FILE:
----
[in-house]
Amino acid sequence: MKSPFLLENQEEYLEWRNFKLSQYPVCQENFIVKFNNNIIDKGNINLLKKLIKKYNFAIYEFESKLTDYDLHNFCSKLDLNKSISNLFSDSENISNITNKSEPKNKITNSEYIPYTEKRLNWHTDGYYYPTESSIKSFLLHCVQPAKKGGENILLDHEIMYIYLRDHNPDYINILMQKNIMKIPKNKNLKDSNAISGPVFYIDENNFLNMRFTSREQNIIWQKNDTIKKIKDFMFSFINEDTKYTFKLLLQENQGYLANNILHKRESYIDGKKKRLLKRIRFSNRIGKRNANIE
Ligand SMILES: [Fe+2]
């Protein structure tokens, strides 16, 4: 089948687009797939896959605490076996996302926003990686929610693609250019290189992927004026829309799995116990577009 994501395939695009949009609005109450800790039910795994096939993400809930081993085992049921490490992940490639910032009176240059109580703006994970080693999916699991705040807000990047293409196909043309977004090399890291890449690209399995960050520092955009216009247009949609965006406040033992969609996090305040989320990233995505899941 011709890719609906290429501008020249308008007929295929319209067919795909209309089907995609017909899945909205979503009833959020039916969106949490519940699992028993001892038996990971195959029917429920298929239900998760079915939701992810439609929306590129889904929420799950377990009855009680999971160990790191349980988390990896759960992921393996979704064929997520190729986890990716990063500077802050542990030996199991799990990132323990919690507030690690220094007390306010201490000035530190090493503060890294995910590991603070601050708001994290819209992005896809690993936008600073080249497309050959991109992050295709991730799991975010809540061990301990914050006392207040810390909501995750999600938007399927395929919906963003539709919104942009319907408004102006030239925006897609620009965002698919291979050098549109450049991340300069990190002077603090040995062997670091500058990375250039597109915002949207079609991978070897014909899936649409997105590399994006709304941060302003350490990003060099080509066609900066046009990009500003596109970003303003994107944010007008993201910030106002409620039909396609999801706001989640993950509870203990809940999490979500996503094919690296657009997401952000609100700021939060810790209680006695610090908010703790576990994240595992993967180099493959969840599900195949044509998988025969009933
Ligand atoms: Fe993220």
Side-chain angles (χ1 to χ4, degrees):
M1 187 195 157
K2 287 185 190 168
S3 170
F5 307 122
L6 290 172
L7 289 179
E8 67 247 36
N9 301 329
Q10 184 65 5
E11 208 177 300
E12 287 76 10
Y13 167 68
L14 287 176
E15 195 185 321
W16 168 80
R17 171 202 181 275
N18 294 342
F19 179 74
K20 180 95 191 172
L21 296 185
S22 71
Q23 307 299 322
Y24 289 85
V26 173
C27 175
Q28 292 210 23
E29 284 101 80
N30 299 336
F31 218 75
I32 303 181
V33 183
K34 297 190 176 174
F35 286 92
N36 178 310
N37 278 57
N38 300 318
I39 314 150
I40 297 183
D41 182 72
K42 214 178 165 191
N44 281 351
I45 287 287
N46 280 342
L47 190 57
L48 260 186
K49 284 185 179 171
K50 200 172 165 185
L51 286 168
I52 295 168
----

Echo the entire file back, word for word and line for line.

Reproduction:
[in-house]
Amino acid sequence: MKSPFLLENQEEYLEWRNFKLSQYPVCQENFIVKFNNNIIDKGNINLLKKLIKKYNFAIYEFESKLTDYDLHNFCSKLDLNKSISNLFSDSENISNITNKSEPKNKITNSEYIPYTEKRLNWHTDGYYYPTESSIKSFLLHCVQPAKKGGENILLDHEIMYIYLRDHNPDYINILMQKNIMKIPKNKNLKDSNAISGPVFYIDENNFLNMRFTSREQNIIWQKNDTIKKIKDFMFSFINEDTKYTFKLLLQENQGYLANNILHKRESYIDGKKKRLLKRIRFSNRIGKRNANIE
Ligand SMILES: [Fe+2]
């Protein structure tokens, strides 16, 4: 089948687009797939896959605490076996996302926003990686929610693609250019290189992927004026829309799995116990577009 994501395939695009949009609005109450800790039910795994096939993400809930081993085992049921490490992940490639910032009176240059109580703006994970080693999916699991705040807000990047293409196909043309977004090399890291890449690209399995960050520092955009216009247009949609965006406040033992969609996090305040989320990233995505899941 011709890719609906290429501008020249308008007929295929319209067919795909209309089907995609017909899945909205979503009833959020039916969106949490519940699992028993001892038996990971195959029917429920298929239900998760079915939701992810439609929306590129889904929420799950377990009855009680999971160990790191349980988390990896759960992921393996979704064929997520190729986890990716990063500077802050542990030996199991799990990132323990919690507030690690220094007390306010201490000035530190090493503060890294995910590991603070601050708001994290819209992005896809690993936008600073080249497309050959991109992050295709991730799991975010809540061990301990914050006392207040810390909501995750999600938007399927395929919906963003539709919104942009319907408004102006030239925006897609620009965002698919291979050098549109450049991340300069990190002077603090040995062997670091500058990375250039597109915002949207079609991978070897014909899936649409997105590399994006709304941060302003350490990003060099080509066609900066046009990009500003596109970003303003994107944010007008993201910030106002409620039909396609999801706001989640993950509870203990809940999490979500996503094919690296657009997401952000609100700021939060810790209680006695610090908010703790576990994240595992993967180099493959969840599900195949044509998988025969009933
Ligand atoms: Fe993220």
Side-chain angles (χ1 to χ4, degrees):
M1 187 195 157
K2 287 185 190 168
S3 170
F5 307 122
L6 290 172
L7 289 179
E8 67 247 36
N9 301 329
Q10 184 65 5
E11 208 177 300
E12 287 76 10
Y13 167 68
L14 287 176
E15 195 185 321
W16 168 80
R17 171 202 181 275
N18 294 342
F19 179 74
K20 180 95 191 172
L21 296 185
S22 71
Q23 307 299 322
Y24 289 85
V26 173
C27 175
Q28 292 210 23
E29 284 101 80
N30 299 336
F31 218 75
I32 303 181
V33 183
K34 297 190 176 174
F35 286 92
N36 178 310
N37 278 57
N38 300 318
I39 314 150
I40 297 183
D41 182 72
K42 214 178 165 191
N44 281 351
I45 287 287
N46 280 342
L47 190 57
L48 260 186
K49 284 185 179 171
K50 200 172 165 185
L51 286 168
I52 295 168